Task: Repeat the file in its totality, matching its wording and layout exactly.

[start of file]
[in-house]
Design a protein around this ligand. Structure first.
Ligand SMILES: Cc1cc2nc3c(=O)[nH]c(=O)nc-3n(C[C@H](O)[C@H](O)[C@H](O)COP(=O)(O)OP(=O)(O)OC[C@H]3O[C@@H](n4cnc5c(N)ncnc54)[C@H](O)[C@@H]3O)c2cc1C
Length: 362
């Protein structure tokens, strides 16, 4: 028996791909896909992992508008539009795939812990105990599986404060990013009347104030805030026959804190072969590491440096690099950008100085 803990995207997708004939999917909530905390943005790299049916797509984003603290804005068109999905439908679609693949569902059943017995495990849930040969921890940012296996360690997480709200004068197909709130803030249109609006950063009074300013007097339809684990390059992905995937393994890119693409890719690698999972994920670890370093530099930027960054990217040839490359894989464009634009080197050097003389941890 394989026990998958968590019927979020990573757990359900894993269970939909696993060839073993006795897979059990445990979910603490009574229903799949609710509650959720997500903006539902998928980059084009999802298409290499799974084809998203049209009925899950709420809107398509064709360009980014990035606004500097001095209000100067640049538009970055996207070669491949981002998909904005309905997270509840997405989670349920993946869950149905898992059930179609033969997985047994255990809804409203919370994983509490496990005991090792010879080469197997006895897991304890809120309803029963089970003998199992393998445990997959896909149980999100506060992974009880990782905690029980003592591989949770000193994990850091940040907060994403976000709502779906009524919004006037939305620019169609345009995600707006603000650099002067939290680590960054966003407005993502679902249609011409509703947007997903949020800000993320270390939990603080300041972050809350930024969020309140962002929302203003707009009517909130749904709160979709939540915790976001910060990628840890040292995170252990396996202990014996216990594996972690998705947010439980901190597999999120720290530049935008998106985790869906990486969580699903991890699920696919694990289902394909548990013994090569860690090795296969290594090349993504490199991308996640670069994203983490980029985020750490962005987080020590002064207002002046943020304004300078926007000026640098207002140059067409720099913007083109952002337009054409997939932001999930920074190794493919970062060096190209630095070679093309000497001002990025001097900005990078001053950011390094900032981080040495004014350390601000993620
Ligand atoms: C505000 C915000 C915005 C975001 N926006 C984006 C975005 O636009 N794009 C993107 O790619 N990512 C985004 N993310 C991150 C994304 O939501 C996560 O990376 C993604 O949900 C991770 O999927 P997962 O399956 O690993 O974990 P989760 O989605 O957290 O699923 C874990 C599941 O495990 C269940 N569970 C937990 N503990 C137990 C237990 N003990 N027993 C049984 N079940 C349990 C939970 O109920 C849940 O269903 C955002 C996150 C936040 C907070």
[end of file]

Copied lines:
[in-house]
Design a protein around this ligand. Structure first.
Ligand SMILES: Cc1cc2nc3c(=O)[nH]c(=O)nc-3n(C[C@H](O)[C@H](O)[C@H](O)COP(=O)(O)OP(=O)(O)OC[C@H]3O[C@@H](n4cnc5c(N)ncnc54)[C@H](O)[C@@H]3O)c2cc1C
Length: 362
């Protein structure tokens, strides 16, 4: 028996791909896909992992508008539009795939812990105990599986404060990013009347104030805030026959804190072969590491440096690099950008100085 803990995207997708004939999917909530905390943005790299049916797509984003603290804005068109999905439908679609693949569902059943017995495990849930040969921890940012296996360690997480709200004068197909709130803030249109609006950063009074300013007097339809684990390059992905995937393994890119693409890719690698999972994920670890370093530099930027960054990217040839490359894989464009634009080197050097003389941890 394989026990998958968590019927979020990573757990359900894993269970939909696993060839073993006795897979059990445990979910603490009574229903799949609710509650959720997500903006539902998928980059084009999802298409290499799974084809998203049209009925899950709420809107398509064709360009980014990035606004500097001095209000100067640049538009970055996207070669491949981002998909904005309905997270509840997405989670349920993946869950149905898992059930179609033969997985047994255990809804409203919370994983509490496990005991090792010879080469197997006895897991304890809120309803029963089970003998199992393998445990997959896909149980999100506060992974009880990782905690029980003592591989949770000193994990850091940040907060994403976000709502779906009524919004006037939305620019169609345009995600707006603000650099002067939290680590960054966003407005993502679902249609011409509703947007997903949020800000993320270390939990603080300041972050809350930024969020309140962002929302203003707009009517909130749904709160979709939540915790976001910060990628840890040292995170252990396996202990014996216990594996972690998705947010439980901190597999999120720290530049935008998106985790869906990486969580699903991890699920696919694990289902394909548990013994090569860690090795296969290594090349993504490199991308996640670069994203983490980029985020750490962005987080020590002064207002002046943020304004300078926007000026640098207002140059067409720099913007083109952002337009054409997939932001999930920074190794493919970062060096190209630095070679093309000497001002990025001097900005990078001053950011390094900032981080040495004014350390601000993620
Ligand atoms: C505000 C915000 C915005 C975001 N926006 C984006 C975005 O636009 N794009 C993107 O790619 N990512 C985004 N993310 C991150 C994304 O939501 C996560 O990376 C993604 O949900 C991770 O999927 P997962 O399956 O690993 O974990 P989760 O989605 O957290 O699923 C874990 C599941 O495990 C269940 N569970 C937990 N503990 C137990 C237990 N003990 N027993 C049984 N079940 C349990 C939970 O109920 C849940 O269903 C955002 C996150 C936040 C907070």